Comment on: Knol MJ, Twisk JWR, Beekman ATF, Heine RJ, Snoek FJ, Pouwer F. (2006) Depression as a risk factor for the onset of type 2 diabetes mellitus. A meta-analysis. Diabetologia; 49: 837–845

Article (PDF Available)inDiabetologia 49(11):2797-8; author reply 2799-800 · December 2006with38 Reads
DOI: 10.1007/s00125-006-0389-y · Source: PubMed
Comment on: Knol MJ, Twisk JWR, Beekman ATF, Heine
RJ, Snoek FJ, Pouwer F. (2006) Depression as a risk factor
for the onset of type 2 diabetes mellitus. A meta-analysis.
Diabetologia 49: 837845
P. de Jonge & J. G. M. Rosmalen
Received: 4 July 2006 / Accepted: 11 July 2006 / Published online: 18 August 2006
Springer-Verlag 2006
To the Editor:
We read the meta-analysis published by Knol and
colleagues in Diabetologia with much interest [1 ]. The
authors should be commended for their thorough work on
this complex issue. However, one aspect of their work
remains relatively poorly discussed, namely, the variety of
methods used to measure depression and diabetes in their
included studies. Although acknowledged as a study
limitation, this issue has at least two important consequen-
ces we would like to discuss.
First, with regard to depression, the authors admit that
the gold standard is a diagnostic interview schedule, but
studies using weaker methods, such as self-report depres-
sion data, self-report semi-depression data, and general
practitioners documented diagnosis of depression were
also included in the meta-analysis. Except for one study [2],
all used these relatively weak methods. Notably, the only
study on the effects of formally diagno sed depression on
diabetes incidence did not find a significantly raised risk
(relative risk 2.23; 95% CI 0.905.55). The potential bias of
not using a gold standard is easily illustrated: in a meta-
analysis on the prevalence of depression in diabetes [3], a
prevalence of depression of 11.4% was found when
psychiatric interview data were used, compared with
31.0% when self-report scales were used (p<0.0001).
Although the use of self-report instruments seems justified
when looking at their sensitivity and specificity, their use is
limited by the low positive predi ctive value of self-report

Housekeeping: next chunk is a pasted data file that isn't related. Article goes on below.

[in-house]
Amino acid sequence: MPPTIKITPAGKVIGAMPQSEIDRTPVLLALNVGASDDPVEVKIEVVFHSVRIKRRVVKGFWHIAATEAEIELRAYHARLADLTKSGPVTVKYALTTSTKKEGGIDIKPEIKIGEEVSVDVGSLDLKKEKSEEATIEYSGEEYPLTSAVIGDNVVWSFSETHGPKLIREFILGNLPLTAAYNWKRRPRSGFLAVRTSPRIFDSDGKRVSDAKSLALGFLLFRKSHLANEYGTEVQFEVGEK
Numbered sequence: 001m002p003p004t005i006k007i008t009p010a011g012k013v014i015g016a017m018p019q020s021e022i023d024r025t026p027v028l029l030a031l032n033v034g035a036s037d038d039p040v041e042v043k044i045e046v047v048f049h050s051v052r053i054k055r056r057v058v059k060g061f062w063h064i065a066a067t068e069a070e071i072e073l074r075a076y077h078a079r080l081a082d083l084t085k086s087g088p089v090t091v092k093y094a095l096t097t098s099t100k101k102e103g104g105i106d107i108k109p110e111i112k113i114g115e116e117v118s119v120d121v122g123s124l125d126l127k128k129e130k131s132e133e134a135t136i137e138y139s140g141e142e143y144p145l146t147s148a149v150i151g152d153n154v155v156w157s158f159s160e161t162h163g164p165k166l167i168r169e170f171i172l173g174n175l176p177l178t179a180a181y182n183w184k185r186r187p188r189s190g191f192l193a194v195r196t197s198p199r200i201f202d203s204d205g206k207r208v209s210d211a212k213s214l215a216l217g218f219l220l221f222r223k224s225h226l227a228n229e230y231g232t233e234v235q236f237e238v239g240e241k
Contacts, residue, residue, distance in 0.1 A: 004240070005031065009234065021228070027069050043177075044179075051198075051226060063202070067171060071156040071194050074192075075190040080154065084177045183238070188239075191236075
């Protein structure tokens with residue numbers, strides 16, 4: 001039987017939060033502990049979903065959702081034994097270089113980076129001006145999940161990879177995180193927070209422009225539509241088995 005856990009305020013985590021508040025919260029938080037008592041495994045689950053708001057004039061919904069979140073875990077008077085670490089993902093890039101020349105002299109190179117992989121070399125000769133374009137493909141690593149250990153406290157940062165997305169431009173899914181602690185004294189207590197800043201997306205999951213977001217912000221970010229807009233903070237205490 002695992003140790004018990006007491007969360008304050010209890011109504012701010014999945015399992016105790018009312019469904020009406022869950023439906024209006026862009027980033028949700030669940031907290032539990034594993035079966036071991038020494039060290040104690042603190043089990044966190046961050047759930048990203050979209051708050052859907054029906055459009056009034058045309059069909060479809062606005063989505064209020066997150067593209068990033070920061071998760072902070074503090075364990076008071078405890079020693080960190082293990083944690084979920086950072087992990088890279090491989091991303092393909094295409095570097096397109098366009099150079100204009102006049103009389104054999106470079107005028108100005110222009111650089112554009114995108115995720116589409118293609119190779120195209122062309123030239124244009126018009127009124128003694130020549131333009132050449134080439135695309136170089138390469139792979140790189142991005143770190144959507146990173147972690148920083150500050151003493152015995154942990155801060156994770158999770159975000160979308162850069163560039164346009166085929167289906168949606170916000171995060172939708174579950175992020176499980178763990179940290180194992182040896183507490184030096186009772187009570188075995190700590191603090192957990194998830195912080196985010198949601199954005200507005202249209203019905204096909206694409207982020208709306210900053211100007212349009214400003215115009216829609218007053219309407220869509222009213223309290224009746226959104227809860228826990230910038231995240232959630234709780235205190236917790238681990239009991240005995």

measures (between 30 and 50%) (for example, see [4]),
resulting in these overestimated prevalence rates. It remains
to be determined to what extent these prevalence rates
reflect treatable depression cases. Eventually, and as
expressed by the authors, one would like to answer the
question of whether preventing and/or treating depression
prevents or delays the onset of type 2 diabetes. Since
clinical guidelines and the intervention trials on depression
(for example, see [5]) are based on a formal psychiatric
diagnosis of depression, one may wonder whether the
results of the study by Knol et al. can be used to address
this issue.
Second, the authors tried to apply their findings to the
aetiology of depressiondiabetes comorbidity, and sugges t
several candidate mechanisms (e.g. increased activity of the
hypothalamicpituitaryadrenal axis, dysregulation of the
immune syst em, and a low intake or impaired metabolism of
omega-3 polyunsaturated fatty acids). However, in order to
study these mediators in sufficient detail, diabetes should be
scored on a continuous scale, e.g. using blood glucose levels,
rather than using a binary standard. The presence of diabetes
is nothing more than the crossing of a more-or-less arbitrary
cut-off value for insulin resistance, which may be important
for clinical purposes but is not very useful for aetiological
questions. Not only does artificial dichotomising result in a
loss of relevant inter-subject variation, but, as elegantly
shown by Babyak [6], it can also result in spuri ous findings.
As such, the meta-analysis provides an overview of the
existing literature on the possible link between depression
and diabetes, but by doing so it shows that much remains
unclear. Studies are urgently needed in which the methods
used to determine depression and diabetes are adjusted to
the question being addressed. The question, Can we
prevent d iabetes by treating depression? can only be
answered using diagnostic data on depression, and the
aetiological question, Can depression cause diabetes? can
only be addressed using blood glucose levels.
Diabetologia (2006) 49:27972798
DOI 10.1007/s00125-006-0389-y
P. de Jonge (*)
J. G. M. Rosmalen
Department of Psychiatry, University Medical Center Groningen,
University of Groningen,
P.O. Box 30.001, 9700 Groningen, The Netherlands
1. Knol MJ, Twisk JWR, Beekman ATF, Heine RJ, Snoek FJ, Pouwer
F (2006) Depression as a risk factor for the onset of type 2 diabetes
mellitus. A meta-analysis. Diabetologia 49:837845
2. Eaton WW, Armenian H, Gallo J, Pratt L, Ford DE (1996)
Depression and risk for onset of type II diabetes. A prospective
population-based study. Diabetes Care 19:10971102
3. Anderson RJ, Freedland KE, Clouse RE, Lustman PJ (2001) The
prevalence of comorbid depression in adults with diabetes: a meta-
analysis. Diabetes Care 24:10691078
4. Strik JJ, Honig A, Lousberg R, Denollet J (2001) Sensitivity and
specificity of observer and self-report questionnaires in major and
minor depression following myocardial infarction. Psychosomatics
5. Lustman PJ, Clouse RE, Nix BD et al (2006) Sertraline for
prevention of depression recurrence in diabetes mellitus: a
randomized, double-blind, placebo-controlled trial. Arch Gen
Psychiatry 63:521529
6. Babyak MA (2004) What you see may not be what you get: a brief,
nontechnical introduction to overfitting in regression-type models.
Psychosom Med 66:411421
2798 Diabetologia (2006) 49:27972798
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